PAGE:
Letter of the Day | Bad precedent or moral imperative?
THE EDITOR, Sir:
Principal of the Mona campus of the University of the West Indies, Professor Archibald McDonald, is headlined in The Gleaner of May 2, 2017, as saying, it is 'Bad precedent' for the Government to keep on bailing out students in arrears. This was in reference to more than 300 final-semester students being barred from examinations for inability to settle outstanding fees with the university.
Failure to sit the examination this semester would mean that these students will have to find fees for another semester after finding the amount to settle this debt if they are ever to graduate. Failure to graduate means, apart from the psychological impact, a loss of the investment up to this point.
I do not think that the principal could think that all these students from across the university have the money and are playing Russian roulette.
It must be that he is so fixated on the plight of his institution that he has failed to look in the other mirror. A look in that other mirror would remind him that many of our young people face joblessness; extremely high and rising cost of tertiary education; stringent conditions, including finding acceptable guarantors for student loans; and little prospect of future employment without a sound tertiary education. Add to that the challenge to a talented youngster on our streets day after day with nothing to do.
Many of us of yesteryear faced difficult conditions, but they do not compare. I was before the period of free tertiary or secondary education. But it was possible for me to make a responsible decision to enter and live at the UWI, Mona, after one year working as a college-trained teacher. How was that possible? First, the fees, including the cost of living at Irvine Hall, were not terrifying.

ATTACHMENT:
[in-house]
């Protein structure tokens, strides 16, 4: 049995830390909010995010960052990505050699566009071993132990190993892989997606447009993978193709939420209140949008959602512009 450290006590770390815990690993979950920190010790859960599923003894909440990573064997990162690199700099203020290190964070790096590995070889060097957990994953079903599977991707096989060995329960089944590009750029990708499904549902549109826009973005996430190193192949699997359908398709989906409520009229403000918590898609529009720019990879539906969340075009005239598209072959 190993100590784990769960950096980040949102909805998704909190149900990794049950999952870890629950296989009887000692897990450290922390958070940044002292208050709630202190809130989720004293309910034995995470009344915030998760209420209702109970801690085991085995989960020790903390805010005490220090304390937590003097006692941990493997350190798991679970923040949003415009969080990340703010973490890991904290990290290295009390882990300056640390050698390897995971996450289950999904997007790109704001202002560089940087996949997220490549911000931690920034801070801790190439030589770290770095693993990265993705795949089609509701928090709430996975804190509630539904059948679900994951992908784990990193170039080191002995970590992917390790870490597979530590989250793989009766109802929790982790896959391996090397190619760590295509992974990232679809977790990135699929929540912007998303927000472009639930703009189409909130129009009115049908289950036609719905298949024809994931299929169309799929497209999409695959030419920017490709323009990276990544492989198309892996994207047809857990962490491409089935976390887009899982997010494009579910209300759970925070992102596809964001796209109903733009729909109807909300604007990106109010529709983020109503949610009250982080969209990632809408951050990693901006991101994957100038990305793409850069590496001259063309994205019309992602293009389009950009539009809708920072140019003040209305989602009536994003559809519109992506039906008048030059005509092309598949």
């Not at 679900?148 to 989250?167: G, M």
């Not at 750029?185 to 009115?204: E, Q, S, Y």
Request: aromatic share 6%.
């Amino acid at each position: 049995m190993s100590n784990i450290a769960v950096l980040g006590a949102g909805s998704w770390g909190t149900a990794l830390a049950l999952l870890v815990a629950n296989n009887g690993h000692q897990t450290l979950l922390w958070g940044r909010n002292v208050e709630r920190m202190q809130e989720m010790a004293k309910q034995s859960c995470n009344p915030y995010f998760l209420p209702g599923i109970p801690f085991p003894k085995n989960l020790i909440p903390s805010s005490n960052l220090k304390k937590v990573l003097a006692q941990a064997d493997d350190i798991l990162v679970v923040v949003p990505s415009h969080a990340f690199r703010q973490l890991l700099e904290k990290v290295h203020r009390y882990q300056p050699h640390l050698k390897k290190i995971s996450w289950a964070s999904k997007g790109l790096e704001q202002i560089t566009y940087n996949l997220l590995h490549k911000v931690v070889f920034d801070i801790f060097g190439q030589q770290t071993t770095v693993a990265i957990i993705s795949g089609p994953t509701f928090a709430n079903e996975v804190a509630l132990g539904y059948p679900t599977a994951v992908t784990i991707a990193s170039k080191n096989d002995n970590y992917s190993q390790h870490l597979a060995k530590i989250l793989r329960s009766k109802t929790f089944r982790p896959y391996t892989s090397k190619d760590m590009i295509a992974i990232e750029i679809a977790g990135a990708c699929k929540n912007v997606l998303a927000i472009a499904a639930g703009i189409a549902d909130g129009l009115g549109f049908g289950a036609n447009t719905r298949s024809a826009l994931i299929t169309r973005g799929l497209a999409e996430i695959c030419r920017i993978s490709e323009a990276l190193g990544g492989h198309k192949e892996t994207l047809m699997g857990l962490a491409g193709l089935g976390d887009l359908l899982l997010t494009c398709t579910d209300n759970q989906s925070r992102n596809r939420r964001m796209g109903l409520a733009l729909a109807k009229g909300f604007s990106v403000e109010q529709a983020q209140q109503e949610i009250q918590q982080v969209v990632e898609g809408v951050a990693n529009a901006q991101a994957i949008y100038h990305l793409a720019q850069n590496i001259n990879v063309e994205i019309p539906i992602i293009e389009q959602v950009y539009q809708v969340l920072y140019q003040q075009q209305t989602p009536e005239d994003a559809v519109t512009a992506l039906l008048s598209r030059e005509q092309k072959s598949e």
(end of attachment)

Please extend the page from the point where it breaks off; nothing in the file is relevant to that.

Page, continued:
Second, I was able to work in another department of government during the summer holiday and put aside the approximately 160 pounds sterling - my three months' teacher's salary - towards my university fees.
Third, I was confident that I would teach at least three evenings per week to cover my out-of-pocket expenses. And, fourth, I was confident that opportunities for holiday work and evening teaching would be available for my three years. These opportunities were not only in the public sector. I actually landed a job as management trainee at the Canadian Imperial Bank of Commerce at the end of my second year. I worked for four months in the summer and one month at the Christmas break and was paid at the graduate level.
I was not a special student, and as a St Elizabeth boy, I had no connection into the system. These were real possibilities available to any student. Add to those the high probability of employment on completion and we can see why ambitious students could venture. Professor McDonald and others had it even better than I did.
I have said all of that to say that we should be a little more chastened when we speak about the young, ambitious students of today.
We must be careful of our concerns about moral hazards. The overwhelming majority of us made good use of our opportunities and the overwhelming majority of these youths will, if given similar opportunities.
It might be the case that the Government cannot afford free tertiary education for all, but it should be a desirable objective, especially for that large segment that cannot afford it. It should be a responsibility of the private sector to help fund those who they look to help make their business profitable in the years to come. It should be the responsibility of all of us to recognise that being in an educational institution is a good alternative to being on the street or in a prison. The latter two are much more costly to us as a society.
Former Ambassador to CARICOM